The lid portion 12 of the closure 10 incorporates a vacuum indicating button 26 in its center, and a tapered portion 28 which surrounds and extends outwardly from the vacuum indicating button 26, the annular portion 28, in the normal orientation of the closure as shown in FIG. 2, extending generally downwardly from the vacuum indicating button 26. The annular portion 28, in turn, is surrounded by a second annular portion 29 which surrounds and extends outwardly form the annular portion 28, the sealing material 16 being affixed to the underside of the lid portion 12 of the closure 10 in the region of the second annular portion 29. Thus, when the closure 10 is in its closing position on the container 30 containing the vacuum packed product 40, as is shown in FIG. 4, the sub-atmospheric or negative pressure in the unfilled portion 30 above the top surface of the product 40, which is commonly referred to as the container "headspace", will draw the vacuum indicating button 26 downwardly so that the plane of its top surface will be below that of the second annular portion 29. If the vacuum in the headspace of the container 30 should be broken, for example, by an opening or a partial opening of the closure 10 or by a seal failure due to an irregularity in the top of the container finish or an improperly formed closure sealing material, the headspace will draw in air from its surroundings and will become repressurized. This increase in pressure on the underside of the vacuum indicating button 26, together with the residual stress in the lid portion 12 of the closure 10 by virture of the fact that it is formed from metal, a highly elastic material, will cause the vacuum indicating button 26 of the lid portion 12 of the closure 10 to move or pop upwardly into the position shown in FIG. 5, where the plane of the top surface of the vacuum indicating button 26 will be at a noticeably higher elevation, for example, above the elevation of the top surface of the second annular portion 29, as shown.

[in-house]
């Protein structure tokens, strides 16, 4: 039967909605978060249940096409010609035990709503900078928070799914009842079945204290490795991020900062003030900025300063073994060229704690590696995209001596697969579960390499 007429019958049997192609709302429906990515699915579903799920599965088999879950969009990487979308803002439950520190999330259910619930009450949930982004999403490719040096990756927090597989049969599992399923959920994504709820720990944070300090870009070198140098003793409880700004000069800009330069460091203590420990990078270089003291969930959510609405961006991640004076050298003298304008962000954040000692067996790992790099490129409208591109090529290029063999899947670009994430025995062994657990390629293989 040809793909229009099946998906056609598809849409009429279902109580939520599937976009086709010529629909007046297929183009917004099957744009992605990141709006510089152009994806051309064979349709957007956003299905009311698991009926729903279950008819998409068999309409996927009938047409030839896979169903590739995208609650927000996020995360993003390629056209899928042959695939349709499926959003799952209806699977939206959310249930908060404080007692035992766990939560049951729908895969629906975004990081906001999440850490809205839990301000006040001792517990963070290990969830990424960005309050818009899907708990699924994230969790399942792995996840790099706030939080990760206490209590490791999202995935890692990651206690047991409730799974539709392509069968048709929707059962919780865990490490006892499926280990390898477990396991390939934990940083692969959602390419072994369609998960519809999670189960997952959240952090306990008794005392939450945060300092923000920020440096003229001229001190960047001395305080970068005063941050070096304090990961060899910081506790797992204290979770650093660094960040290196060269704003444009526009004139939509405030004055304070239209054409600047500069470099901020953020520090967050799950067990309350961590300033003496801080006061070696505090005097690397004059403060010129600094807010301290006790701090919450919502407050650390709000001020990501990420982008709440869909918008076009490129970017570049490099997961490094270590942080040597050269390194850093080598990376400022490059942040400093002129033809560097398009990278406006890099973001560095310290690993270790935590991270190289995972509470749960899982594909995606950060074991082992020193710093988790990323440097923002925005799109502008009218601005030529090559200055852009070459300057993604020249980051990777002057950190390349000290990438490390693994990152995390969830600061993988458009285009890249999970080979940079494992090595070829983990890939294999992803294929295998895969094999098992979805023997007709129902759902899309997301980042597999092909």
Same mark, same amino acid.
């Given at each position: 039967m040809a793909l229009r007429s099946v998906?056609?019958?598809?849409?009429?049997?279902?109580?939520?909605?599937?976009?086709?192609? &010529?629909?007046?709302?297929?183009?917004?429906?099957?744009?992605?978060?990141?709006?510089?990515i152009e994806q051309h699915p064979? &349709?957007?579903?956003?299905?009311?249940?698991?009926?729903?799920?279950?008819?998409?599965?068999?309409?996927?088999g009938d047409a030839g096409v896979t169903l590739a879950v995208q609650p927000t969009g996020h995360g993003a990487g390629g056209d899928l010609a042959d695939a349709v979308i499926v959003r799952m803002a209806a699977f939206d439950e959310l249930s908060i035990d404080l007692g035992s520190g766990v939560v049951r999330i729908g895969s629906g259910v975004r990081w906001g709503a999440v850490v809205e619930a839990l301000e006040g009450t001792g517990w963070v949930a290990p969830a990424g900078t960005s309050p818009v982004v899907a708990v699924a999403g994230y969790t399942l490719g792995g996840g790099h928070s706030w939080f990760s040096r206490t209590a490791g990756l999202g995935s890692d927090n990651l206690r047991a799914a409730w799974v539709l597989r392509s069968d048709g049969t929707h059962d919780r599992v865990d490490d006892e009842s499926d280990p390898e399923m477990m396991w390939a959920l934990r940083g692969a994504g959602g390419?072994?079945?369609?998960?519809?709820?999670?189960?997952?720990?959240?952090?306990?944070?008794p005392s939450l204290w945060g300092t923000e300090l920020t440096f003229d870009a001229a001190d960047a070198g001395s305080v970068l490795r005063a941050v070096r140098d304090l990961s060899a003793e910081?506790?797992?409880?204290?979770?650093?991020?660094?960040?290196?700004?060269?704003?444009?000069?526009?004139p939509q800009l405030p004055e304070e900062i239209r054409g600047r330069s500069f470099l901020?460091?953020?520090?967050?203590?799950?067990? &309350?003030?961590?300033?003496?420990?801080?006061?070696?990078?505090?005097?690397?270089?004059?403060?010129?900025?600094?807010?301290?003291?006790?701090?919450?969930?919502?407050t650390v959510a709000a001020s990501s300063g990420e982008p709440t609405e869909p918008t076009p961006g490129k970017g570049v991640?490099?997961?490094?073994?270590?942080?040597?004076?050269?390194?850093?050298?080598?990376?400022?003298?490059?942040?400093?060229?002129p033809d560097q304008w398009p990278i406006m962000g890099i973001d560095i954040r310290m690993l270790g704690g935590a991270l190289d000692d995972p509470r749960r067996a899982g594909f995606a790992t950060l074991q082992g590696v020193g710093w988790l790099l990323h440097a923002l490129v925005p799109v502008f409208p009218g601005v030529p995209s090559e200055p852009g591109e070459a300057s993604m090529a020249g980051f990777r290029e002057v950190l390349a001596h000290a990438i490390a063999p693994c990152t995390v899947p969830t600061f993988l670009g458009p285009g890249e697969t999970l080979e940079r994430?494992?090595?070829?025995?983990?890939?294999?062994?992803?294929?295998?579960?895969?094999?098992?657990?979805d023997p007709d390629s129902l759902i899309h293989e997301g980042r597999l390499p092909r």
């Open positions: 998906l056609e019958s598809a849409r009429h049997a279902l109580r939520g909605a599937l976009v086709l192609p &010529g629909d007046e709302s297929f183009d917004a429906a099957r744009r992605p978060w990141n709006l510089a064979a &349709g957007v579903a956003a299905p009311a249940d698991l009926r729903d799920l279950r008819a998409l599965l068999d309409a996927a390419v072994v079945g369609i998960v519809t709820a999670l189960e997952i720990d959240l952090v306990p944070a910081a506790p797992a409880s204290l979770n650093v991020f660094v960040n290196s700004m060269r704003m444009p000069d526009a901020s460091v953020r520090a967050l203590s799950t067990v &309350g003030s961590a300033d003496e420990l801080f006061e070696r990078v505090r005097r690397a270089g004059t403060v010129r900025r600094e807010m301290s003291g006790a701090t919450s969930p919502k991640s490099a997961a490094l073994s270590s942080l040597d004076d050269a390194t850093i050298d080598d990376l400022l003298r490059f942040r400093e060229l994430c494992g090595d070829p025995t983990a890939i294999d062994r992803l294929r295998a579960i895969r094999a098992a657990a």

Through proper warnings or instructions on the closure 10 or the container 30 or in associated printed materials, a consumer or a retail store employee can be advised of any dangers which are associated with the use of the package which does not contain the desired vacuum at the time of the first opening, and can be instructed how to readily determine the presence or absence of such vacuum by the position of the vacuum indicating button 26. Additionally, this feature can be utilized as basis for continuous inspection of many filled containers in a packing plant where various types of electro-optical and electro-mechanical gaging equipment can be utilized to automatically read the position of the vacuum indicating button 26 and to discard any filled container 30 whose closure 10 does not have such vacuum indicating button 26 in an acceptable position.
Although the best mode contemplated by the inventors for carrying out the present invention as of the filing date hereof has been shown and described herein, it will apparent to those skilled in the art that suitable modifications, variations and equivalents may be made without departing from the scope of the invention, such scope being limited solely by the terms of the following claims.
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|Citing Patent||Filing date||Publication date||Applicant||Title|
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|US20150096989 *||Nov 14, 2014||Apr 9, 2015||Closure Systems International Inc.||Double-wall closure|
|EP0548838A2 *||Dec 18, 1992||Jun 30, 1993||Cpc International Inc.||Tamper evident container closure|
|WO1994029186A1 *||Jun 8, 1994||Dec 22, 1994||Sheldon Wilde||Tamper-evident closure system|
|WO1996027532A1 *||Mar 5, 1996||Sep 12, 1996||White Cap, Inc.||Composite closure and method of making same|
|U.S. Classification||215/274, 215/318, 215/230|
|International Classification||B65D51/14, B65D79/00|
|Cooperative Classification||B65D51/145, B65D79/005|
|European Classification||B65D51/14B, B65D79/00B|
|Jun 18, 1987||AS||Assignment|
Owner name: OWENS-ILLINOIS, INC., A CORP OF OH.
Free format text: ASSIGNMENT OF ASSIGNORS INTEREST.;ASSIGNORS:DULLABAUN, PAUL W.;FILLMORE, WILLIAM E.;REEL/FRAME:004724/0637
Effective date: 19861110
|Jul 14, 1987||AS||Assignment|
Owner name: OWENS-ILLINOIS CLOSURE INC., ONE SEAGATE, TOLEDO,
Free format text: ASSIGNMENT OF ASSIGNORS INTEREST.;ASSIGNOR:OWENS-ILLINOIS, INC.;REEL/FRAME:004747/0271
Effective date: 19870323
Owner name: OWENS-ILLINOIS CLOSURE INC., OHIO
Free format text: ASSIGNMENT OF ASSIGNORS INTEREST;ASSIGNOR:OWENS-ILLINOIS, INC.;REEL/FRAME:004747/0271
Effective date: 19870323
|Jun 21, 1991||FPAY||Fee payment|
Year of fee payment: 4
|Jun 22, 1995||FPAY||Fee payment|
Year of fee payment: 8
|Jun 28, 1999||FPAY||Fee payment|
Year of fee payment: 12